The Delphi technique was largely developed in order to avoid the problems of freely interacting groups—such as dominant individuals and pressure to conform to the majority opinion—these sources of “process loss”  are removed through anonymization and controlled feedback ,  and . Further, repeated rounds of polling and feedback permit “process gain” as experts converge on the truth,1 while averaging removes error . But is the process gain the best that could be achieved? Studies suggest that Delphi usually does better than freely interacting groups, or simply taking the average of initial opinion (see e.g.  for a review). However, the advantage of Delphi is more equivocal when compared to other “nominal group techniques” that anonymize, but do not use repeated rounds of polling and controlled feedback, and thus are much cheaper and easier to carry out. The questions we wish to address here are whether the Delphi technique is achieving its full potential as a means for improving expert judgment and decision making and, if not, whether there is any scope to modify the Delphi technique so as to enhance its outcomes?2 Rowe, Wright and McColl  argue that the key to answering such questions as these is to look at the processes by which Delphi facilitates opinion change in groups—and in particular, to investigate opinion change that might lead to improvement in accuracy. We concur with Rowe et al. and in this paper we will look in detail at such processes through the lens of relevant literature on the psychology of groups—in other words, social psychology. Once we understand these processes we can then see whether there are any barriers in traditional Delphi to achieving the maximum accuracy improvement possible—relative to any less costly methods (in terms of time, money, effort etc)—if such barriers are found we will devise means for removing them. To these ends we will develop a model of opinion change in Delphi.
نتیجه گیری انگلیسی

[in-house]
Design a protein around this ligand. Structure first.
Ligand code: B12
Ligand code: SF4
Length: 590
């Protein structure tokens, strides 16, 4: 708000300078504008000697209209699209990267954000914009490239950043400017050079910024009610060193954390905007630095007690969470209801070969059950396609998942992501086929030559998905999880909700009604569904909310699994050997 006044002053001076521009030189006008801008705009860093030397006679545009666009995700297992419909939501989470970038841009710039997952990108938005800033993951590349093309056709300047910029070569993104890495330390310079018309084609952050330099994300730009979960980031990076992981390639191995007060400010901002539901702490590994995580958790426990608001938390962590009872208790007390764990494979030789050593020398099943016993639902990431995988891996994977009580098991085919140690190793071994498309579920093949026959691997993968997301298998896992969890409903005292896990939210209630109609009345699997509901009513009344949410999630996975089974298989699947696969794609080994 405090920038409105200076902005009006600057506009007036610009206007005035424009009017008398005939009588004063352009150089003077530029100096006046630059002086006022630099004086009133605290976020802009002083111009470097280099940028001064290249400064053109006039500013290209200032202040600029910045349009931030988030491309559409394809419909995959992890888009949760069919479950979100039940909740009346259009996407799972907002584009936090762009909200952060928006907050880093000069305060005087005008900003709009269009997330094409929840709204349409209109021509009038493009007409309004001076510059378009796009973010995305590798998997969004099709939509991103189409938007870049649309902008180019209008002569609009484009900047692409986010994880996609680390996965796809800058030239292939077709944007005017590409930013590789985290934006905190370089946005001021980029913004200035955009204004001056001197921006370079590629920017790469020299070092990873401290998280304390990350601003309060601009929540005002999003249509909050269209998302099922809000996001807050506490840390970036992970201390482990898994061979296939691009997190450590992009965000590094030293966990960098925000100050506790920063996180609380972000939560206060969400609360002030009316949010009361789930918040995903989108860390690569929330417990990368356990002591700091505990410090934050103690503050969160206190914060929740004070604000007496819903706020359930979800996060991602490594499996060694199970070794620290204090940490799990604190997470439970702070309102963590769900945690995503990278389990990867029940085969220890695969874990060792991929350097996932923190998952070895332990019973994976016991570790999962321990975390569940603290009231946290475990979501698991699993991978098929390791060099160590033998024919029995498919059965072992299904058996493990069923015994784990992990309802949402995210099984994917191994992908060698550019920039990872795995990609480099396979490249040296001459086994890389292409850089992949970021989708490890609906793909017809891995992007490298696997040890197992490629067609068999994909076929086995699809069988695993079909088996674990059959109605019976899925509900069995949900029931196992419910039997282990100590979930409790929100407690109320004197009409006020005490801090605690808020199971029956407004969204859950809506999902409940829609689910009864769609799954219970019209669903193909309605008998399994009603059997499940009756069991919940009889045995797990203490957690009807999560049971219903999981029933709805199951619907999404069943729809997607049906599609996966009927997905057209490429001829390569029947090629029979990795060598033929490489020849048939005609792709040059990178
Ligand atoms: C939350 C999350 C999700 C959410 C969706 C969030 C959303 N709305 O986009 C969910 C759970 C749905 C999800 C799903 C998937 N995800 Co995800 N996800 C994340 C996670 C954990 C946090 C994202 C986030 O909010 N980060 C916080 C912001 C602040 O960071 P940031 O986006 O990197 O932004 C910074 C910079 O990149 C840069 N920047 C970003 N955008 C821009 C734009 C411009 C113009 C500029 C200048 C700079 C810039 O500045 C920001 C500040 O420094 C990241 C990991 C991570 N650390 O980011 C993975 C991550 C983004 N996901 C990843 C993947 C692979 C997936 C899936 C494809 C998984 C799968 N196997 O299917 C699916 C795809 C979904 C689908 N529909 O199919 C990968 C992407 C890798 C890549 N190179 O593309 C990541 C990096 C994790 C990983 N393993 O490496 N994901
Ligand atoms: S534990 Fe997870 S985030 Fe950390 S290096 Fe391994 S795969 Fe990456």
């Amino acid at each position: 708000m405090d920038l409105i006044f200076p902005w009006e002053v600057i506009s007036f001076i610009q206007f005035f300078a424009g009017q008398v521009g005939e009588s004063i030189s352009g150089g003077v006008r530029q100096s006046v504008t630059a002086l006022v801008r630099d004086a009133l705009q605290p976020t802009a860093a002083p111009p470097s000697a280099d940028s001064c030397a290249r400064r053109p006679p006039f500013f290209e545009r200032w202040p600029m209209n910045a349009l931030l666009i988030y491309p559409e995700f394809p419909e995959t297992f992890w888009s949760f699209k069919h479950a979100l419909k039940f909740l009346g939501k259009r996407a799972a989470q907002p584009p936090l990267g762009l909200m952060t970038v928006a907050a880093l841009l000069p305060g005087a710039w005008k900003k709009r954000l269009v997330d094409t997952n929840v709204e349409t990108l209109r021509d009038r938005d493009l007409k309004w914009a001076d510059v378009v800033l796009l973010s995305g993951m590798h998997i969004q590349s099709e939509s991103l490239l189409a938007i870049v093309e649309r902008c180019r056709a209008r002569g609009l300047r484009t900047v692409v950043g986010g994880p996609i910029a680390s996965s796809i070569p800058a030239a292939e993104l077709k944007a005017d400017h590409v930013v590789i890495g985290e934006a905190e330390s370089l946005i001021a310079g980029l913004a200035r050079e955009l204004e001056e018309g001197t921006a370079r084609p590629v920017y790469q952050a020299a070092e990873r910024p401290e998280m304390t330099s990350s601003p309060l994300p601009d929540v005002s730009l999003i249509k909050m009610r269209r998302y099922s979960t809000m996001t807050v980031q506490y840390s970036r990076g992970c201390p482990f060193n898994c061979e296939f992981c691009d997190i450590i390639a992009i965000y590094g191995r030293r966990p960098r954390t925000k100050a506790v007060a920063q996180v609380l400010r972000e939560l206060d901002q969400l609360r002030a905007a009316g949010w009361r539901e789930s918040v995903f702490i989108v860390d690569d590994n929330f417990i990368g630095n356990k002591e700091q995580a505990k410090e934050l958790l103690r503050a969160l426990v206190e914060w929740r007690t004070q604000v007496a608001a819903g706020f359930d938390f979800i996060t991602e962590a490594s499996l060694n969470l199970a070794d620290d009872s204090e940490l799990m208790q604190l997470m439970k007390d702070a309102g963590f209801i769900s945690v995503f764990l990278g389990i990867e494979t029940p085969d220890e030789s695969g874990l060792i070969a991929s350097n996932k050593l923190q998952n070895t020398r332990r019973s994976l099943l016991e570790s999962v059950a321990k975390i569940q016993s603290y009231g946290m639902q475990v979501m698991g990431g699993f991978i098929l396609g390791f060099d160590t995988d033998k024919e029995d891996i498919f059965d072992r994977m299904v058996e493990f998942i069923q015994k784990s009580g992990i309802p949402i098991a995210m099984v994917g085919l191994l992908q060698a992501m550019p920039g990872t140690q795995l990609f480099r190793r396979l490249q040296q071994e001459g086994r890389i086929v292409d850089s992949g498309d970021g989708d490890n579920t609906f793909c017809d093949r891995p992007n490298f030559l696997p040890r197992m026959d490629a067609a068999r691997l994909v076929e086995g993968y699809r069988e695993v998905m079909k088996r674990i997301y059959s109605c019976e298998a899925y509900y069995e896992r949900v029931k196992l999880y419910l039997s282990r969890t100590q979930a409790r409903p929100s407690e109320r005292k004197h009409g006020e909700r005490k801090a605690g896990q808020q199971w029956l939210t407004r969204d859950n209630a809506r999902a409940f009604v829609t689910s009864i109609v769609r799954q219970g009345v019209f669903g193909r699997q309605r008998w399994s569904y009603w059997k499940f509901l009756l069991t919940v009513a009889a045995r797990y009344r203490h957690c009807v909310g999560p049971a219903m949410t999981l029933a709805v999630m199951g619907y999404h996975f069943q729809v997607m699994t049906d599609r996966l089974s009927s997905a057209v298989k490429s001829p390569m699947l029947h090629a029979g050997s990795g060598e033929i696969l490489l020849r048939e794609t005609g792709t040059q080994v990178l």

As is clear from the papers in this Special Issue, more than 50 years since its introduction to the public, Delphi is still a widely-used technique that brings many benefits to users both in the public and private sectors. However, our review of the literature, mostly originating from social psychology, has revealed that there remain some obstacles to Delphi achieving its full potential in terms of outcomes—relative to other cheaper and easier methods of aggregating judgment. We identified residual normative and/or informational pressures towards consensus that may operate to potentially reduce process gain that might otherwise be achieved from the iterative feedback that sets Delphi apart from other nominal group techniques. In particular, panelist confidence, both in absolute terms and relative to that expressed by other panel members, may be used as a cue to expertise although evidence suggests it might be a poor indicator of true expertise and may actually be used as a normative signal of status. Further, consensus or plurality of opinions appears to have a strong influence on the final judgment or decision that can be particularly detrimental to the accuracy of the outcome when there is valid minority or outlying opinions. In the light of this discussion we proposed that confidence should not be fed back to panelists and wherever possible, consensus and plurality should be disguised in the feedback. On the basis of our literature review we also argue that Delphi process gain must occur through virtuous opinion change—that is to say, that those further from the "truth" change their opinion more than those closer to the truth, and the direction of opinion change tends to be towards the truth. For such virtuous opinion change to occur we argued that it is necessary to (a) facilitate opinion change and (b) provide good cues as to where the truth lies. It has been shown in research on Judge Advisor Systems that often people do not change their opinion as much as they ideally should, giving too much weight to their own opinion and too little to the views of others—a phenomenon known as egocentric discounting. This work suggests that egocentric discounting can be reduced, and therefore opinion change encouraged, by increasing involvement and motivation—we therefore recommend offering incentives, financial or otherwise, as appropriate and increasing panelists’ accountability and feelings of participation; these actions may have secondary benefits in terms of reduced drop-out rate by panelists and willingness to take part in future Delphi exercises. In addition, we proposed that the best way to provide good cues as to the direction of the truth is to (i) elicit rich reasoning from panelists about the judgment or choice in question, and then (ii) to feedback this reasoning to participants in a form designed to minimize the forces of social influence described above. Finally, we proposed ways of avoiding letting this rich feedback simply further reinforce majority opinion at the expense of minority views by creating heterogeneity of opinion through initial selection of panel members then by use of role playing, devil's advocacy, and dialectical enquiry. In these ways, the reasoning underpinning proffered opinions can be highlighted and analyzed by Delphi panel members. Of course, our proposals need to be backed with additional research both of a pure and an applied nature. Very little research has been conducted directly on the processes of opinion change in Delphi, which is why we turned to work in social psychology. In this paper we have proposed a model of opinion change in Delphi that could be a starting point for such future research. In particular, the relative contributions of the various influences on opinion change specified in the model need testing for different kinds of task and panel composition, as do interactions between these variables. In addition, our practical recommendations for enhancements to the Delphi technique also require testing in order to see which if our advocated modifications do provide significant improvements in the Delphi yield—compared to more standard Delphi practice.